“Going to the WA Advocacy Summit is always a privilege. Being able to effect change to our health care law is an amazing thing,” says Heidi Barrett, Arthritis Foundation Washington state advocacy chair and a Platinum Ambassador. “Knowing this change will make the lives of the 1.3 million adults and 6,100 children in Washington with arthritis better is a humbling experience.”
On February 20, almost 60 Advocates from the Arthritis Foundation, Crohn’s & Colitis Foundation and National Psoriasis Foundation joined forces in Olympia, Washington, to educate legislators and their staff about legislation that would reform utilization management. The WA Advocacy Summit consisted of a morning of advocacy training, education about the bill and the current environment at the Capitol, as well as social media advocacy. Advocates then had the opportunity to turn that training into practice and meet with their legislators and/or their staff.
In a recently published story in the Everett Herald, Heid’s son, Levi, spoke about his experience of being forced to go through utilization management protocols despite the required drugs causing him to vomit and weakening his immune system. Utilization management – including step therapy (or “fail first”) protocols and prior authorization – is a set of formal techniques used by an insurance carrier or delegate of the insurer, such as a pharmacy benefit manager or third-party administrator. These techniques are designed to monitor the use, or evaluate the medical necessity, of appropriateness, efficacy or efficiency of health care services, procedures or settings.
The use of these programs often creates significant barriers to quality patient care, delaying treatment and contributing to negative patient outcomes. Utilization management protocols can lead to delays in access to the medications that offer the greatest potential medical benefit to people with arthritis. Because arthritis is a chronic, degenerative disease, delays in treatment can worsen disease progression and even cause permanent damage and disability. In some cases, patients may have no alternate therapy for an extended period if the drug initially prescribed was rejected.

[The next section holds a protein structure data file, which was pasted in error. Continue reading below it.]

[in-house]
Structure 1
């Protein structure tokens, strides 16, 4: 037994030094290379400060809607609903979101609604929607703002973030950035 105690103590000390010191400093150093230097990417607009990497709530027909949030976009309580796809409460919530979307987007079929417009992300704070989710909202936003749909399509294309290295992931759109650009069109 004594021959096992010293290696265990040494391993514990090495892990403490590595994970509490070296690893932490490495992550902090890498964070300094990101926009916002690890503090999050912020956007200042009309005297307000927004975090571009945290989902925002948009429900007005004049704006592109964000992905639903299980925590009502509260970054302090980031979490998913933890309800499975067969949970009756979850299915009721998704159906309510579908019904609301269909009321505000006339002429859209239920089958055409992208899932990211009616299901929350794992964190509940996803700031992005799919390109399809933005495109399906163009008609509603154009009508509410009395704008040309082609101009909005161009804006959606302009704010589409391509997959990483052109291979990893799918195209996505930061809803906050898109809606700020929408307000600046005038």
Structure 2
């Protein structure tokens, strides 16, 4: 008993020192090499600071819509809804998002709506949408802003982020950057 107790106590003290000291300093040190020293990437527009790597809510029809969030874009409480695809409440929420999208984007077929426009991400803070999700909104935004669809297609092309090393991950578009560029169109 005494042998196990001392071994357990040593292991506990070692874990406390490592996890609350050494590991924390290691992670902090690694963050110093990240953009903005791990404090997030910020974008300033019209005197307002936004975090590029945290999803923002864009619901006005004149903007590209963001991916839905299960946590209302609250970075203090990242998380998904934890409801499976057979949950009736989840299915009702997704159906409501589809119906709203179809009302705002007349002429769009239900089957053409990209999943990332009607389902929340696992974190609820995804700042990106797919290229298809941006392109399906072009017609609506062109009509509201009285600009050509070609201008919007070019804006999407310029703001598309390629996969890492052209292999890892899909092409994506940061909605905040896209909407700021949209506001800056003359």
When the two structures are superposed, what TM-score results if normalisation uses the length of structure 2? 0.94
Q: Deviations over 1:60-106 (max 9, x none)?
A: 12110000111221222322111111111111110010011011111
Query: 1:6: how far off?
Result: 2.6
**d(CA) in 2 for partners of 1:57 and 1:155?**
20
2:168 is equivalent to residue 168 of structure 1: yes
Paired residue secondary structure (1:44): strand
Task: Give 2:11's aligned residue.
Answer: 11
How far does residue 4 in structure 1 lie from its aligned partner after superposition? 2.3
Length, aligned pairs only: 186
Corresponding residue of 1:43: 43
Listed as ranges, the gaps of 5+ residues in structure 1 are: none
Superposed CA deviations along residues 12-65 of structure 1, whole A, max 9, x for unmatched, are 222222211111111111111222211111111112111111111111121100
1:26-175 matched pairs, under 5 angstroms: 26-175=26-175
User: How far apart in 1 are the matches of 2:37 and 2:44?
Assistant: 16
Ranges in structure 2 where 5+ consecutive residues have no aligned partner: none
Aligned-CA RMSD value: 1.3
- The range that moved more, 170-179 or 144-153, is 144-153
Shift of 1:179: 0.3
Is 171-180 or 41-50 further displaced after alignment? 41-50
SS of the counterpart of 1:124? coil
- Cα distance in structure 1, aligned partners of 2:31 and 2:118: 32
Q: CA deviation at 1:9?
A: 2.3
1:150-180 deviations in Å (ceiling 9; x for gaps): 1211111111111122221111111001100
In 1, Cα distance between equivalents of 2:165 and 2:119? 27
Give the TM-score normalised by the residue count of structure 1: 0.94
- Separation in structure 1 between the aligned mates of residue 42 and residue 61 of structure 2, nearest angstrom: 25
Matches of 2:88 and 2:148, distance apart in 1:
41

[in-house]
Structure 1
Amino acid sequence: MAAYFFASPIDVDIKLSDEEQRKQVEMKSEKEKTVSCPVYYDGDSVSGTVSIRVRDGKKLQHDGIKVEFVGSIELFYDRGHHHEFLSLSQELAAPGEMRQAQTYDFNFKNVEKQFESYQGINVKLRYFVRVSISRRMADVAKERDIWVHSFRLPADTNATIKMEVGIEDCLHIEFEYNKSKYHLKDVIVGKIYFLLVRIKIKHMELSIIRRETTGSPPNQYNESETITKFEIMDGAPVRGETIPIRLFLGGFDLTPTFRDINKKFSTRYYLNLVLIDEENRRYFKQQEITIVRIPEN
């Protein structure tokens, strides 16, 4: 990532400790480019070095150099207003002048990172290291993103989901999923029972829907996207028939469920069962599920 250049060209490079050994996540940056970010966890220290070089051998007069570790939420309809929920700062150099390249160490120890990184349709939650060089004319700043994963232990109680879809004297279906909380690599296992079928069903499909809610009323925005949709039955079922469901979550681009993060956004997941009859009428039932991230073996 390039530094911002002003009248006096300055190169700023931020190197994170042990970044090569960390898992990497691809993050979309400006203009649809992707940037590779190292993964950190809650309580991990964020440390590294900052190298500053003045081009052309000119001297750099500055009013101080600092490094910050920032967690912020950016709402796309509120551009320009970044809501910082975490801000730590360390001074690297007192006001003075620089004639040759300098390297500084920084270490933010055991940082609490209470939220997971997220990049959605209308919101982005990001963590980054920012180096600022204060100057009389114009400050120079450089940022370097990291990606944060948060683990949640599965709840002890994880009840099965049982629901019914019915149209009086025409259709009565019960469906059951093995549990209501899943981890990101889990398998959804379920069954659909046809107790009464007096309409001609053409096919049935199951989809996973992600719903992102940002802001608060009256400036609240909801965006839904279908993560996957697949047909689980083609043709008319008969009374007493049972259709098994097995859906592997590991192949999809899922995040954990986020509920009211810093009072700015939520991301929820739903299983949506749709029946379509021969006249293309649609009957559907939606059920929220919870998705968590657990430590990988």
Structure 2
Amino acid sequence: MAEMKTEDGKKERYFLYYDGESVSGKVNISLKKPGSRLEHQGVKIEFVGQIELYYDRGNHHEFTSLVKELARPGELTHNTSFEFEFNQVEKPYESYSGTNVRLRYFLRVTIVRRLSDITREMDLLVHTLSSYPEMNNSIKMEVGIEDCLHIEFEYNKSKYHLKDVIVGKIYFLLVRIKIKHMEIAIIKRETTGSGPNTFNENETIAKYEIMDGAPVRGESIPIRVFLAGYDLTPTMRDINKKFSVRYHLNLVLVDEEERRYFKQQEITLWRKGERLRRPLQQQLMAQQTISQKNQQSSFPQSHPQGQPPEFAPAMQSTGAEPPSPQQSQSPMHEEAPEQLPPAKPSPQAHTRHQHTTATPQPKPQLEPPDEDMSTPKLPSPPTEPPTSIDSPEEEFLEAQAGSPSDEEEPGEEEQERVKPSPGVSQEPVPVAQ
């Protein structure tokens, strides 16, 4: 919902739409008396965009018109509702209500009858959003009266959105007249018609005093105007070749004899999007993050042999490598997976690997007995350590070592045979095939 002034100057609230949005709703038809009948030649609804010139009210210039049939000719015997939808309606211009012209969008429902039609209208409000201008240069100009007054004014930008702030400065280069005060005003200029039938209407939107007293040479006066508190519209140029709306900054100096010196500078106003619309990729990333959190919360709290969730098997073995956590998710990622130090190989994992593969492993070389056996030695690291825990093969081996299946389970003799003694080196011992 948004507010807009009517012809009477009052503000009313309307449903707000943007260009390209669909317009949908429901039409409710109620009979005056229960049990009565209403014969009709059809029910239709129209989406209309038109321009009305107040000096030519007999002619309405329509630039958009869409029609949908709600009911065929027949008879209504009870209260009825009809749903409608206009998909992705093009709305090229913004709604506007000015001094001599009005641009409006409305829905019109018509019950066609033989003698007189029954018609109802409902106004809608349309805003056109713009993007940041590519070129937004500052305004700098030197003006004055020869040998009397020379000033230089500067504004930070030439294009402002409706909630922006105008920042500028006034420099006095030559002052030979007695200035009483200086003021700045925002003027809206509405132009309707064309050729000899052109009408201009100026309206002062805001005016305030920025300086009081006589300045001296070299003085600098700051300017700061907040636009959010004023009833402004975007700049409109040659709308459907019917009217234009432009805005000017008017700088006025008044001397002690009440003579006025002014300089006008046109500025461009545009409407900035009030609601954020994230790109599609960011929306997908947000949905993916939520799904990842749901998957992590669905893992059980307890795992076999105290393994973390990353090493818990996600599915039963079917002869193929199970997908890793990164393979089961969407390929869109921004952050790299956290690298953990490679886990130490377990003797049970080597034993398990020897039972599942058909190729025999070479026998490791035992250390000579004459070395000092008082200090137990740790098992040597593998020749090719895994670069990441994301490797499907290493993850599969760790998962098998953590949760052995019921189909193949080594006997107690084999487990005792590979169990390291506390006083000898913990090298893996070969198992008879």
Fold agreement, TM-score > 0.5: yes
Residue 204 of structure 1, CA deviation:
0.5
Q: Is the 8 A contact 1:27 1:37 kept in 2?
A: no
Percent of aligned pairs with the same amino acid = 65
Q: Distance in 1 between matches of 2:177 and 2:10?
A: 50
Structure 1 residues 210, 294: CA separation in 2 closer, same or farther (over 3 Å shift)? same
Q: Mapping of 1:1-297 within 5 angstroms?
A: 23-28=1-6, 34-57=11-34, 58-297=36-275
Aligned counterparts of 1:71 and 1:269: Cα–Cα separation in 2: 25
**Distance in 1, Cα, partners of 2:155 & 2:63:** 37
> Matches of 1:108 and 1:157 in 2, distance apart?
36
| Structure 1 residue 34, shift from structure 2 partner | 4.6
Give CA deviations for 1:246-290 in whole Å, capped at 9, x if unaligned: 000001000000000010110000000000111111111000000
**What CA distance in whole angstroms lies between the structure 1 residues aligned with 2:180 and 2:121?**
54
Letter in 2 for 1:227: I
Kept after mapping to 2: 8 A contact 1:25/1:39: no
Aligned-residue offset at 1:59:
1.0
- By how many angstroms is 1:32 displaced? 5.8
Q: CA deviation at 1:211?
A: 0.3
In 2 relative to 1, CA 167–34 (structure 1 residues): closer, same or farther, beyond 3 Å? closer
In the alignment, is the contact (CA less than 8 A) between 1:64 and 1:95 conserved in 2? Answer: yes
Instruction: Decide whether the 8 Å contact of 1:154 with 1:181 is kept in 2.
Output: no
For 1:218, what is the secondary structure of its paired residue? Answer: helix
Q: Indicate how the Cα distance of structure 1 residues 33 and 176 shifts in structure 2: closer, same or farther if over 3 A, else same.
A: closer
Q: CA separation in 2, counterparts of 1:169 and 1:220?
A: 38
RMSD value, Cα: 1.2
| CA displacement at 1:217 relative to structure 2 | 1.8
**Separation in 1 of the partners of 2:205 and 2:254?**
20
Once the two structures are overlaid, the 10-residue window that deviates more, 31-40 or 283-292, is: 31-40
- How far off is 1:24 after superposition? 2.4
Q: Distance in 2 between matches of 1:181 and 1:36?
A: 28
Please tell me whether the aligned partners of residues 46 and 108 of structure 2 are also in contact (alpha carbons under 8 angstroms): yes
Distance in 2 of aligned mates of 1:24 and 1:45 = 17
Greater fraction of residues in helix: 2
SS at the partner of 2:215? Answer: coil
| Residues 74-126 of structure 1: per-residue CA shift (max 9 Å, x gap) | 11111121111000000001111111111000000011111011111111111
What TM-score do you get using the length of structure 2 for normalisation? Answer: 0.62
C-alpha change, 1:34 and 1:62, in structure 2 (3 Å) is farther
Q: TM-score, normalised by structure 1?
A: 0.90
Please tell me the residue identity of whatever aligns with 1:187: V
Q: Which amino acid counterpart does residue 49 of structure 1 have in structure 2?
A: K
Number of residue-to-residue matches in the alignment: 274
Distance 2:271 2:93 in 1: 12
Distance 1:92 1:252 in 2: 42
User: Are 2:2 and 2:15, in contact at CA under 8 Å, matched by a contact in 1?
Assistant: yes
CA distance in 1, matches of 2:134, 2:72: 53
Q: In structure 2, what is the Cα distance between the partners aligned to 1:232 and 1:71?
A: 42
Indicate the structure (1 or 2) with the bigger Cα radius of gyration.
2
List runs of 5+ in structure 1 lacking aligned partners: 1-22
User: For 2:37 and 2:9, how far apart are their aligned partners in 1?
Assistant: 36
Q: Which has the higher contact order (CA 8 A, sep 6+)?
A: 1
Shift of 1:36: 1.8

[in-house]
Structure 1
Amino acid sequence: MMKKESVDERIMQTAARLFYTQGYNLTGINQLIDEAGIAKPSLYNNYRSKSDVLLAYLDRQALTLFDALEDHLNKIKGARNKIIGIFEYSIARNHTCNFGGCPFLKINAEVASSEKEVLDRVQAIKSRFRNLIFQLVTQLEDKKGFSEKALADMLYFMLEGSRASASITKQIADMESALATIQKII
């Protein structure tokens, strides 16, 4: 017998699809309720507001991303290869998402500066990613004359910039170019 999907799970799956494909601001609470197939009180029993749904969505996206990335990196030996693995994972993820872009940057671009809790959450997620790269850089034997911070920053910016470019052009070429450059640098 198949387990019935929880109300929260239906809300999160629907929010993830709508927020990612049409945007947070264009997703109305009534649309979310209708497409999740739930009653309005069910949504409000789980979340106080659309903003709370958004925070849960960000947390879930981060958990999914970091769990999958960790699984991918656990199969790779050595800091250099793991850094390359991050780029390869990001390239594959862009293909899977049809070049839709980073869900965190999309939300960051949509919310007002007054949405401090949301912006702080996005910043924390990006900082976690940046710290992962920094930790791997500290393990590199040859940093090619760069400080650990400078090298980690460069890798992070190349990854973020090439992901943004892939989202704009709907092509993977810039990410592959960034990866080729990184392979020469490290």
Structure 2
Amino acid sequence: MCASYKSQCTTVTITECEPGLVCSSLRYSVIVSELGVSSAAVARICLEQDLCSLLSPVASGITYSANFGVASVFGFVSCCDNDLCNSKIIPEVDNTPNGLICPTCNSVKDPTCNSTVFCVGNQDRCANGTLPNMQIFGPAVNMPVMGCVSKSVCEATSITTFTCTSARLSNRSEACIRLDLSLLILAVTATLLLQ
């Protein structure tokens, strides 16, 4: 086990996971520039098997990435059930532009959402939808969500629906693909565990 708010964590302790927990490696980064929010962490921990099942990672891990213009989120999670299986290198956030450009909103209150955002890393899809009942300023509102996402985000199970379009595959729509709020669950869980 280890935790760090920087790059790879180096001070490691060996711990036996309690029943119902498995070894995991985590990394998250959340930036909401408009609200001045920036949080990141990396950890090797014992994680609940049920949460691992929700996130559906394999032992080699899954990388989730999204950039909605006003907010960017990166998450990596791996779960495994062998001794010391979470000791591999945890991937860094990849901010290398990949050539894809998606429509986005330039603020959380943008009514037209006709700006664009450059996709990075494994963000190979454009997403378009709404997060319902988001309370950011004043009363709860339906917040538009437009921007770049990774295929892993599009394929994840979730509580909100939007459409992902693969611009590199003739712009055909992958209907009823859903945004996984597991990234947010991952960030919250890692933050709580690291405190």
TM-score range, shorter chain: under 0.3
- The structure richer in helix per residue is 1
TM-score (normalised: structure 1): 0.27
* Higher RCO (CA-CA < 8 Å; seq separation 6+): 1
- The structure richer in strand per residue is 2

House Bill 1879 would ensure that utilization management protocols are more transparent and standardized. Specifically, this bill would ensure that utilization management protocols are based on widely accepted clinical guidelines so that medical expertise, not cost, dictates requirements. In addition, HB 1879 would establish an exceptions process for patients if trying, or staying on, a medication would create a significant barrier to compliance, worsen a comorbid condition, is contraindicated or will decrease the patient’s ability to achieve or maintain reasonable function. Lastly, this bill would unify timelines for granting or denying submissions on utilization management to three business days for nonurgent cases and one business day for urgent cases, with no utilization management for emergencies.
In all, Advocates had more than 50 meetings, all taking place in less than five hours.
“After leaving the lobby day at Olympia, I felt so empowered,” says Courtney Bruce, Arthritis Foundation Platinum Ambassador. “I felt very positive about the meetings we had with the staffers and representatives. They were very responsive to information we were bringing to them. They listened intently to stories of our loved ones. It was a great experience.”
HB 1879 has passed the Washington House of Representatives by a unanimous vote and is currently making its way through the state Senate. Washington Advocates can take action by sending an email to their member of the legislature through the action center or by clicking here. We need your help!
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